Sunday, December 18, 2011

What is competition?

You know, good teamwork and competition are like the opposing poles of the same magnet.  How do you instil competition within the team and ensure good teamwork?  Competition means outdoing your opponent, but how do you manage that when your opponent is also your team mate?

Even if it's not so, no one will disagree that good sportsmanship will ensure competition remains constructive and positive.  That's just so ideal isn't it?

But then again, maybe it isn't that much of a myth.  Maybe that can be created?  After all we were once kids.  Look at how kids compete and you will know what I mean.

Nothing inspired this post as much as watching the grand finale of the 'Junior Masterchef' of Australia.  I'm telling you those little people are simply amazing and the things they whipped up?  They whip my ass anytime!  But above and beyond the dishes, just observing how they work and respond to pressure really taught me a lot about organisation management.  Also if you've watched the adult version, you'd realize there's a lot of difference when it comes to team challenges.  Somehow, somewhere along the way we kinda forget we were all once kids.  When kids are put into team challenges, they are highly focused on doing the best they can.  As much as they are highly supportive of one another - when interviewed singularly on camera, you could sense their positivity even though they may be disappointed with the outcome.  And they're always thinking what is it that I have done and haven't done and how can I improve in the next challenge so that I don't get eliminated.

Whilst the adult Masterchef is so different.  Maybe it's the editor's fault.  He's the chef of drama, and could be snipping intentional scenes that are spicy for ratings.  But whatever it is, you could see people bickering.  And it's always about how you are not doing your job.  You are not improving and you are a bad order-taker, bad leader, bad whatever.  What happened guys?  Whatever happened while we're growing up?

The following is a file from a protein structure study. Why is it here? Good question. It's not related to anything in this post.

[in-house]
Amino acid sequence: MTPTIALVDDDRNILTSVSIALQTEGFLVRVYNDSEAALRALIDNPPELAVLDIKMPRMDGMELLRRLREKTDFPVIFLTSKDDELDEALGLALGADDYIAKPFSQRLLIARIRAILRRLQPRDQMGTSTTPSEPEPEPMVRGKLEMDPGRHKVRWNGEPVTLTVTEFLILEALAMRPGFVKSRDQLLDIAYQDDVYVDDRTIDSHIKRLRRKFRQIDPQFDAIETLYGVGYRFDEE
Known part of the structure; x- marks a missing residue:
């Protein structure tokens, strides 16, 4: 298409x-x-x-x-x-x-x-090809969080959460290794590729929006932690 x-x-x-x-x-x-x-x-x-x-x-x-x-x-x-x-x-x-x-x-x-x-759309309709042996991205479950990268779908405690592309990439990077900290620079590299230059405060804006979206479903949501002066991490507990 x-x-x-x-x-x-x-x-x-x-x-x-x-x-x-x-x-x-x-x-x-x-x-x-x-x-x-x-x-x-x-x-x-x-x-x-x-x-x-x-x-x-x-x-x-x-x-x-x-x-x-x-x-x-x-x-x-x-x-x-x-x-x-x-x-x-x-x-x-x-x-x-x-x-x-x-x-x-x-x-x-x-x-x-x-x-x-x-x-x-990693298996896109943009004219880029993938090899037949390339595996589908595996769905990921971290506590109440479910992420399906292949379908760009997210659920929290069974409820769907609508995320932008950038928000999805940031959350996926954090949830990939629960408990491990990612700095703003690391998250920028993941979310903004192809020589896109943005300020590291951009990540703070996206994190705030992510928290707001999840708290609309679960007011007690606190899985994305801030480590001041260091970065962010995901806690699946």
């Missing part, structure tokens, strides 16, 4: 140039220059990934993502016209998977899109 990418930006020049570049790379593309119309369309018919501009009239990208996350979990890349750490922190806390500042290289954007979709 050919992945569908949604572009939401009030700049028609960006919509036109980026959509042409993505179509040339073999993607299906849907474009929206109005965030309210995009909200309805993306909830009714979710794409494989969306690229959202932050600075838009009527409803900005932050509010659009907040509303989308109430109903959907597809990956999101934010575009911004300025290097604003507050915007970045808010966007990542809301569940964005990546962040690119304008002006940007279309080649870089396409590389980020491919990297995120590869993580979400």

Competition amongst kids is always (almost) a clean one.  The equation is simple.  You put your best effort in, you listen to your coach, you tap into your creative energy and then you spur daringly into the battle, you give your all and may the best man wins.  But for adults - c'mon, especially to those of us who are in work organisations, this is all too familiar.  Competition is dirty.  Dirty as a dish rag.  It's political - what you say on and off the record, who you say it to, when you say it.  It's at times a personal attack - at some point, people stop focusing on doing the best they can but they're more interested in pointing out what others are not doing.  It's critical - to any lengths if the battle must be won, it must be won, at all cost.

Today, I look at these kids with greatest admiration.  I've not met a lot of people in my life, but I've certainly met some whose maturity does not even come close to what these amazing kids have.

It also taught me to look at an entirely different perspective of leadership.  Leadership is at times an iron fist, at times a pointer, at times a beacon, at times a reminder - depending on the need of the situation.  Having taught kids myself, they are sometimes so much better in deciphering intention than an adult.  Well, I've to thank this TV program for teaching me management skills :) And who says watching TV is no good?

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